We have adopted in­novation diplomacy as a central pillar in our organization’s strategy, seeing it as a vital element in our overarching mission of strengthening the Israeli economy.

We, at Start-Up Nation Central, are strong believers in innovation diplomacy. For me, the Abraham Accords provide perhaps the most striking example of this new development in international rela­tions — nations that identified such im­mense opportunity in each other’s capa­bilities that they forged official ties in order to make them flourish. It is the per­fect complement and natural continua­tion of the formal ties that were enacted by our political leaders, and it is now on us, as leaders of the business community, to translate it into a relationship that ex­tends also to people. We have adopted in­novation diplomacy as a central pillar in our organization’s strategy, seeing it as a vital element in our overarching mission of strengthening the Israeli economy. We believe that with the UAE, we have found a partner for a long-term relationship, one that we plan to continue investing in for many years to come.

Israel is a nation of problem solvers and we at Startup Nation Central occasion­ally ask ourselves if the business model of importing other countries’ problems to Israel makes sense. At the end of the day, that is exactly what we do. We provide a window into the Israeli innovation eco­system through our free-to-use Finder database, a platform that includes data, insights, and contact information on more than 8,000 Israeli tech companies, R&D hubs, accelerators, investors, multi­national corporations, and academic in­stitutes. We develop relationships with corporations, governments entities, and investors to identify their central chal­lenges and create tailored engagements with the most relevant solution providers in the Israeli tech sector.

As someone who is deeply familiar with private-public partnerships, I would also like to highlight the importance of the state’s role in cultivating and comple­menting the business sector’s efforts. We, as an independent and not-for-profit or­ganisation that isn’t monetarily motivated but deeply connected to the business eco­system, are uniquely capable of recognis­ing the interests of both sides of the part­nership and bridging the gaps when the need arises.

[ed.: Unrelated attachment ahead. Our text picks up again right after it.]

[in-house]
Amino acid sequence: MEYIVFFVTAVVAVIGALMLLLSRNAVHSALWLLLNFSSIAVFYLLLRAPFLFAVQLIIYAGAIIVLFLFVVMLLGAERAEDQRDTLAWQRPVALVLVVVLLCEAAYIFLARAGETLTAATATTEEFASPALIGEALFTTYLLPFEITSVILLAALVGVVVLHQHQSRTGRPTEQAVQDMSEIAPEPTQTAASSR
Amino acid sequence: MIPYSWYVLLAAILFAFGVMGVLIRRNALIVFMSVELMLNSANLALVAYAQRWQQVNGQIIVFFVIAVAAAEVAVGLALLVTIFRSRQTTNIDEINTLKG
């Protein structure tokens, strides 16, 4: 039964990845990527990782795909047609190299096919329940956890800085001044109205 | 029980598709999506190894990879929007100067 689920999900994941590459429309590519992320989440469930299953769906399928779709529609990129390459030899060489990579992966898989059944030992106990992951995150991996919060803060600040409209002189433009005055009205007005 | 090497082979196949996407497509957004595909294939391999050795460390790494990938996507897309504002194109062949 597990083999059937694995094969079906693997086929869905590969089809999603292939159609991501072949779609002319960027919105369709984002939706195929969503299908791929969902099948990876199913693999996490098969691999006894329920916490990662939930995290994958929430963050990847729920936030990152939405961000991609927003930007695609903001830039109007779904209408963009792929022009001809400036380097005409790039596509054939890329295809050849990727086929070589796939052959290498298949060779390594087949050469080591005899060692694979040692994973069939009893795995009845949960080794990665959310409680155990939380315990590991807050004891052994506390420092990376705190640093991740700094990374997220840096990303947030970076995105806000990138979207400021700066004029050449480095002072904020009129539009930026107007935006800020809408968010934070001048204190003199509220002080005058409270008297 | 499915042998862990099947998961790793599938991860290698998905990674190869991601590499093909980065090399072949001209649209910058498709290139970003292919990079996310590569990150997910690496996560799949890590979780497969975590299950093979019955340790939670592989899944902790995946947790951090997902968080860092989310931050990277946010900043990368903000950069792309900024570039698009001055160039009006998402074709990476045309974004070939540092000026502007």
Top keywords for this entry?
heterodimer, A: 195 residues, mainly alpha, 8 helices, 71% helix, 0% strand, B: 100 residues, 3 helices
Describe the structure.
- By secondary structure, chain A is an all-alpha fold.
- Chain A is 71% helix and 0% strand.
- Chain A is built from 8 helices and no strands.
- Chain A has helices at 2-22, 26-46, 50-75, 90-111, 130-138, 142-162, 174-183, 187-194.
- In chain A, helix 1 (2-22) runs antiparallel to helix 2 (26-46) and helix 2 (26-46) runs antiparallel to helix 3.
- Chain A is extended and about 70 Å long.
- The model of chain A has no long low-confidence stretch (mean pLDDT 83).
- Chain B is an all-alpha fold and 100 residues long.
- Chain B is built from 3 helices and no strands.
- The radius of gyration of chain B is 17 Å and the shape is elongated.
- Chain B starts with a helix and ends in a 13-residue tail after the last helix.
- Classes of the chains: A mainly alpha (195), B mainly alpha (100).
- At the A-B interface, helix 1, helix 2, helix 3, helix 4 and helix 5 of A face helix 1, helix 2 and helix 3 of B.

Some of our Emirati visitors, including the two ministers, got a taste of our capa­bilities in an intimate roundtable discus­sion we hosted last Wednesday evening, introducing them to representatives of four Israeli unicorn tech companies, who spoke about how they managed to scale up their innovation and transform their startups into market-leading ventures.

I would like to end by sharing Ambas­sador Al Khaja’s main message from the event, he said: “As people of the region, in order to advance our own societies and our economies, it is imperative for all actors in this room, and our counter­parts to find ways to ‘lean in’ to this rela­tionship and work together to open doors and correctly navigate and fuse together the respective strengths of our societies and economies.” I second this call for collaboration.

We invite our partners in the UAE to bring us their challenges, but also bring us your strengths. We will combine your ca­pabilities with ours and together we will come up with solutions that will benefit not only the people of the UAE and Israel, but the people of the region and of the en­tire world.

This Op-Ed was first published in the print edition of the Kaheleej Times on Nov. 28, 2021.